The big picture: Amazon's Echo devices and Alexa are nearly synonymous with the term "smart speaker." The latest figures from analyst firm, eMarketer, confirm that as nearly 70% of the smart speaker market belongs to Amazon. Google holds second place with around 38% while other brands, including Apple's HomePod, Sonos One, and Harmon Kardon Invoke bring up the rear collectively at 18%.

Amazon's early investment into smart speakers appears to be paying off as the company continues to hold a hefty lead in the smart speaker market. However, as the market matures, competitors are steadily gaining ground on Amazon.

"Since Amazon first introduced the Echo, it has built a convincing lead in the US and continues to beat back challenges from top competitors," said Victoria Petrock, a principal analyst at eMarketer. "We had previously expected Google and Apple to make more inroads in this market, but Amazon has remained aggressive. By offering affordable devices and building out the number of Alexa skills, the company has maintained Echo's appeal."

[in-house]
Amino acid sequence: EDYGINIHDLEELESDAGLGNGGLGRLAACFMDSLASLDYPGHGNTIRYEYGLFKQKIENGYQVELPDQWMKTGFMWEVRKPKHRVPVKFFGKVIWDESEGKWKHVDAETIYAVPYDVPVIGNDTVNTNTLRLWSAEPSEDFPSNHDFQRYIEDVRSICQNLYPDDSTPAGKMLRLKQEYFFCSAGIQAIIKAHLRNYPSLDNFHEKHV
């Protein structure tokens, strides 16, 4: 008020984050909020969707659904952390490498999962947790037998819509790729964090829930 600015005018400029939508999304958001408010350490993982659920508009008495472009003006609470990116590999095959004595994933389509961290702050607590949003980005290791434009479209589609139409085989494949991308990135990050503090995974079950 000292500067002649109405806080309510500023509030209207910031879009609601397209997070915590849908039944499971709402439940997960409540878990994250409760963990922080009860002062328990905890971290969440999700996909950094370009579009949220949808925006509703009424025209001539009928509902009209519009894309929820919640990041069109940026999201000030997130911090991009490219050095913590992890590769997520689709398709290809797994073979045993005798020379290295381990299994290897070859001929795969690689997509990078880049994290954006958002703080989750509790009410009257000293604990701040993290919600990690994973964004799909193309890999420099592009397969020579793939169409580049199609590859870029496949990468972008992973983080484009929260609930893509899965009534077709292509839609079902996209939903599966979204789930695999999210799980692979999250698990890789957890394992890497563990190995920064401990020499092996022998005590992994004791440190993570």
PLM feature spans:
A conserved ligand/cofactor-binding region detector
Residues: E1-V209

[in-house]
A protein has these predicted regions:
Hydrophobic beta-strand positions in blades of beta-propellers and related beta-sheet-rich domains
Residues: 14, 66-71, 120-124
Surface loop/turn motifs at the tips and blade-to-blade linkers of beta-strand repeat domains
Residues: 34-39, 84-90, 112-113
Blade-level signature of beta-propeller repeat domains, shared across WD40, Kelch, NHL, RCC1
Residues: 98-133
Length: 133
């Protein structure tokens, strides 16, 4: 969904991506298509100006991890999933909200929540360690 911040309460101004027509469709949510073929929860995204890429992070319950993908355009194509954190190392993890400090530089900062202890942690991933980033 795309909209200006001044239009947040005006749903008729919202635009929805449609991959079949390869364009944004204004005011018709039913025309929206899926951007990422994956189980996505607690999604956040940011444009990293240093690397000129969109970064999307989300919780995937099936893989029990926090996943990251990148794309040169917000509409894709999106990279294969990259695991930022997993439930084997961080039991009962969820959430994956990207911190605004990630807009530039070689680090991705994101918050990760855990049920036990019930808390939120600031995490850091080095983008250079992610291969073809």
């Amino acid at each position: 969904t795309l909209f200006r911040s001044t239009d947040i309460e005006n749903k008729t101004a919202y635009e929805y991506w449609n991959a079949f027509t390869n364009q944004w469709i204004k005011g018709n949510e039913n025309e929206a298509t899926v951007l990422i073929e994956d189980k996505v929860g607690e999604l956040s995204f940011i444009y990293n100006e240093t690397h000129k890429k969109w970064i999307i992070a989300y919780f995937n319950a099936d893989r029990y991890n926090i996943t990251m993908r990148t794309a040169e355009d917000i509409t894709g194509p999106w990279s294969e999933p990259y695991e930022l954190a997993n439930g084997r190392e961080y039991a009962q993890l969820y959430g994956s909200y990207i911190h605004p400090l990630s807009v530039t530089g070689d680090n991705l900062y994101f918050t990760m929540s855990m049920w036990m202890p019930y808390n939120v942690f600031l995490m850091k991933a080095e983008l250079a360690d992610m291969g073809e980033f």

This news isn't exactly a revelation. Amazon was the first one out of the gate with its Echo speakers. Since then, the company routinely puts their devices on sale to practically give them away. Amazon is also making almost anything into an Echo device including a smart ring and glasses. This strategy not only increases market share, but also mind share as consumers will typically think of Amazon when it comes to smart speakers. Increased market share also gives Amazon a "trojan horse" to sell its Prime subscription and services.

It isn't all great news for Amazon, however. While Amazon continues to dominate the smart speaker category, its market share has been trending downward since 2017 while all other brands have been moving upward. Though it seems that smart speaker adoption seems to be leveling out as Amazon and Google put their digital assistants, Alexa and Google Assistant respectively, in other products.

Earlier this year, Sonos filed suit against Google for allegedly stealing its speaker technology. Part of the litigation is frustration by Sonos executives for the way that Amazon and Google market their smart speakers. Customers are more likely to buy a $30-50 Echo Dot or Google Home Mini that sounds decent rather than spend $200 on better sounding Sonos speakers. Amazon also prominently displays its Echo products on the Amazon front page which gives it a distinct advantage over competing smart speakers that are sold on the Amazon storefront.